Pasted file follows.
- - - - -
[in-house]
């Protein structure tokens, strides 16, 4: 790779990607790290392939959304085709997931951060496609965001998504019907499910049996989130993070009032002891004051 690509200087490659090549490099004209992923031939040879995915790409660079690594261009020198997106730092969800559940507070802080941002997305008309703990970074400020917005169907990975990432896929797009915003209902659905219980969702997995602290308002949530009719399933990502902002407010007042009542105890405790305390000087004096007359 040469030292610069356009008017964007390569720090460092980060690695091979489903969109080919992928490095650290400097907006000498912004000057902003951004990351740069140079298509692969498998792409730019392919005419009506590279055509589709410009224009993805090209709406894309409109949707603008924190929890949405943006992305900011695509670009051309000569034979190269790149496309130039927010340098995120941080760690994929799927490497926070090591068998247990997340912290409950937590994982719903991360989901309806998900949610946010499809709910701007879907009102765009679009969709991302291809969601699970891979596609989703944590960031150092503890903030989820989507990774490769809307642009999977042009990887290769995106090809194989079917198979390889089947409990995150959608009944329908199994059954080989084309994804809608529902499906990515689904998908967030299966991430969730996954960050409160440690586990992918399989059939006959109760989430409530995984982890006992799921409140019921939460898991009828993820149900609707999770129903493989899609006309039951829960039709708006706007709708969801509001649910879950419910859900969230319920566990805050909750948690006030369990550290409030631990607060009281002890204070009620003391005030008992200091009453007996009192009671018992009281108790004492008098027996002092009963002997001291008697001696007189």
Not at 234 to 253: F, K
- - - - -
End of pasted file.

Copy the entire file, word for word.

[in-house]
């Protein structure tokens, strides 16, 4: 790779990607790290392939959304085709997931951060496609965001998504019907499910049996989130993070009032002891004051 690509200087490659090549490099004209992923031939040879995915790409660079690594261009020198997106730092969800559940507070802080941002997305008309703990970074400020917005169907990975990432896929797009915003209902659905219980969702997995602290308002949530009719399933990502902002407010007042009542105890405790305390000087004096007359 040469030292610069356009008017964007390569720090460092980060690695091979489903969109080919992928490095650290400097907006000498912004000057902003951004990351740069140079298509692969498998792409730019392919005419009506590279055509589709410009224009993805090209709406894309409109949707603008924190929890949405943006992305900011695509670009051309000569034979190269790149496309130039927010340098995120941080760690994929799927490497926070090591068998247990997340912290409950937590994982719903991360989901309806998900949610946010499809709910701007879907009102765009679009969709991302291809969601699970891979596609989703944590960031150092503890903030989820989507990774490769809307642009999977042009990887290769995106090809194989079917198979390889089947409990995150959608009944329908199994059954080989084309994804809608529902499906990515689904998908967030299966991430969730996954960050409160440690586990992918399989059939006959109760989430409530995984982890006992799921409140019921939460898991009828993820149900609707999770129903493989899609006309039951829960039709708006706007709708969801509001649910879950419910859900969230319920566990805050909750948690006030369990550290409030631990607060009281002890204070009620003391005030008992200091009453007996009192009671018992009281108790004492008098027996002092009963002997001291008697001696007189």
Not at 234 to 253: F, K